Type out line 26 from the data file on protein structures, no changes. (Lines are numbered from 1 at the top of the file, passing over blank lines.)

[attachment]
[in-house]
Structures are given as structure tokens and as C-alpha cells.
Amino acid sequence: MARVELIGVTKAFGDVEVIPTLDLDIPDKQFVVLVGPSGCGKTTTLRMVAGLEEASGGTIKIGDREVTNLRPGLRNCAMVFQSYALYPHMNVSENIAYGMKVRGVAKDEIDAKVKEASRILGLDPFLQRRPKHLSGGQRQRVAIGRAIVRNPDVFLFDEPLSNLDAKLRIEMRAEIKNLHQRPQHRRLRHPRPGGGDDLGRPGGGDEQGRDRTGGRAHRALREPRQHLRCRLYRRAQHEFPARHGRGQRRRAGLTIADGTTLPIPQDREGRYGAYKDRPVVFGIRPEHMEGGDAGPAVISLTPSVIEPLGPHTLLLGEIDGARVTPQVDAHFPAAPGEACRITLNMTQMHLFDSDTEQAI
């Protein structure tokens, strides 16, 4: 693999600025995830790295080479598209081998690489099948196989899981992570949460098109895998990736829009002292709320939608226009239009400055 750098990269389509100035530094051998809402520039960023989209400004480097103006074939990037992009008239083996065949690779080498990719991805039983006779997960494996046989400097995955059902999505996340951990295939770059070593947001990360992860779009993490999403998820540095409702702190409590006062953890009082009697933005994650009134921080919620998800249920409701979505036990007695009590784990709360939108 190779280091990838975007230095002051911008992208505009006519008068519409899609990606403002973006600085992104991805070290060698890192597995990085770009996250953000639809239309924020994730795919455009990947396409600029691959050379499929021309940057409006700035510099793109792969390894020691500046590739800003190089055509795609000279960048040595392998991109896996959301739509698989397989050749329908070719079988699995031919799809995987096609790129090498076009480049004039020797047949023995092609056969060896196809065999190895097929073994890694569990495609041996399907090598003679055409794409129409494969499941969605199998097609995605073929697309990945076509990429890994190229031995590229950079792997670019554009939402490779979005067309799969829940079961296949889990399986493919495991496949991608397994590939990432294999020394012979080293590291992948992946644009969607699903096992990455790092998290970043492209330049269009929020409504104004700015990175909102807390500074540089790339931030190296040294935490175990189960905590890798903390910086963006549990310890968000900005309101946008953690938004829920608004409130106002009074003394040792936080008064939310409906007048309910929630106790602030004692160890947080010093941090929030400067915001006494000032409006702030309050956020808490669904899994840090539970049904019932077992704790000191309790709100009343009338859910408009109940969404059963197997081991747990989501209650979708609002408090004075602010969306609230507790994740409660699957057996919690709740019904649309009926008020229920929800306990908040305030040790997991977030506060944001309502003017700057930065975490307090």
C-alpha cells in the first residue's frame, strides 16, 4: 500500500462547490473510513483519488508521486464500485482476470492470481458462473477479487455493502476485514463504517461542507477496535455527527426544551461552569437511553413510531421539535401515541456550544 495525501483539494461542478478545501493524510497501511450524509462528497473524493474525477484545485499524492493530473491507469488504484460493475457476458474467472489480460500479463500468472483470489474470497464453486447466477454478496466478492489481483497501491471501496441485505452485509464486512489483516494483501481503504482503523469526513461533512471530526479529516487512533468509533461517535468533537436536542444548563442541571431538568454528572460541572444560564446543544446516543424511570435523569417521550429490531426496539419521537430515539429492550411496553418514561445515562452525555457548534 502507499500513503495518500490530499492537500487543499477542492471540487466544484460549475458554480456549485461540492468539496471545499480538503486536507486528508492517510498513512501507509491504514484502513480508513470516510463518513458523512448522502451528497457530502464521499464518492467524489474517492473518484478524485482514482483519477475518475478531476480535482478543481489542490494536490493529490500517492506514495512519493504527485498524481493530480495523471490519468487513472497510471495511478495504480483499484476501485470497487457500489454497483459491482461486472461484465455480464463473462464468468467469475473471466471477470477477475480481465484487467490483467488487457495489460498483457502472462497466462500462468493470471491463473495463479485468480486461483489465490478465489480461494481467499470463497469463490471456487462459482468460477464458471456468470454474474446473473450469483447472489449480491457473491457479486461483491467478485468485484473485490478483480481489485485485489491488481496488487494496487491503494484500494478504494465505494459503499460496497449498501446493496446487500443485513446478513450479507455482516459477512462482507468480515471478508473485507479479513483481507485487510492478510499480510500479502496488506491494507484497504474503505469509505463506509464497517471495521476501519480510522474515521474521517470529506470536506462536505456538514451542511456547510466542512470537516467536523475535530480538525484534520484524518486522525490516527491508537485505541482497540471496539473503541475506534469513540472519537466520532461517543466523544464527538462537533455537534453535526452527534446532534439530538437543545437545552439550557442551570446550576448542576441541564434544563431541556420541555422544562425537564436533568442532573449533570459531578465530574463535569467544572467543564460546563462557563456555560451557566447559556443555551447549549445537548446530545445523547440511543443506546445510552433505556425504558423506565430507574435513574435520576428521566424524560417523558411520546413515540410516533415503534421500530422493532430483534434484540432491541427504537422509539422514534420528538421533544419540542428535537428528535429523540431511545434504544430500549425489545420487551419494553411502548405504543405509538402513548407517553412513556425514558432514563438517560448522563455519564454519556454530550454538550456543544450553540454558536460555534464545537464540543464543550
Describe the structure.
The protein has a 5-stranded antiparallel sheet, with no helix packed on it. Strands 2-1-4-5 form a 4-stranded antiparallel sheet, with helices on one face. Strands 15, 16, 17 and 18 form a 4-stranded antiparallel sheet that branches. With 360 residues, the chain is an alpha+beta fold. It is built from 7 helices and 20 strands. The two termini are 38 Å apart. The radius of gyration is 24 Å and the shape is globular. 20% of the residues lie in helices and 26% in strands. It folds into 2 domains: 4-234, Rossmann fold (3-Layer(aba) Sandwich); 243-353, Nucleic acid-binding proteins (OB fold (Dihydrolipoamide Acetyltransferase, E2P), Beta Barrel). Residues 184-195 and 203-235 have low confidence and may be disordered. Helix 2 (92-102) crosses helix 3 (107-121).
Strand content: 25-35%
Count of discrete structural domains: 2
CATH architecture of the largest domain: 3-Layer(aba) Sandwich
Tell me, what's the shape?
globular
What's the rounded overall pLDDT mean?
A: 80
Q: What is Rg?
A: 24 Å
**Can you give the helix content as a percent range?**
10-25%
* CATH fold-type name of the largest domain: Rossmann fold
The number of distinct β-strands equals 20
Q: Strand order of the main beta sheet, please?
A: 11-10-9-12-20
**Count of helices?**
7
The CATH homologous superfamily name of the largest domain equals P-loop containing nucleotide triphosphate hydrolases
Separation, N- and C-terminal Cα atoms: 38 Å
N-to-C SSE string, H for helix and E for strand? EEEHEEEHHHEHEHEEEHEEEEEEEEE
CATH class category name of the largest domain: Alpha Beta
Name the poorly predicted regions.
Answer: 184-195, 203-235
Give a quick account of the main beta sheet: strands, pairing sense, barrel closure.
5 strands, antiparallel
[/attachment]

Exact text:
Separation, N- and C-terminal Cα atoms: 38 Å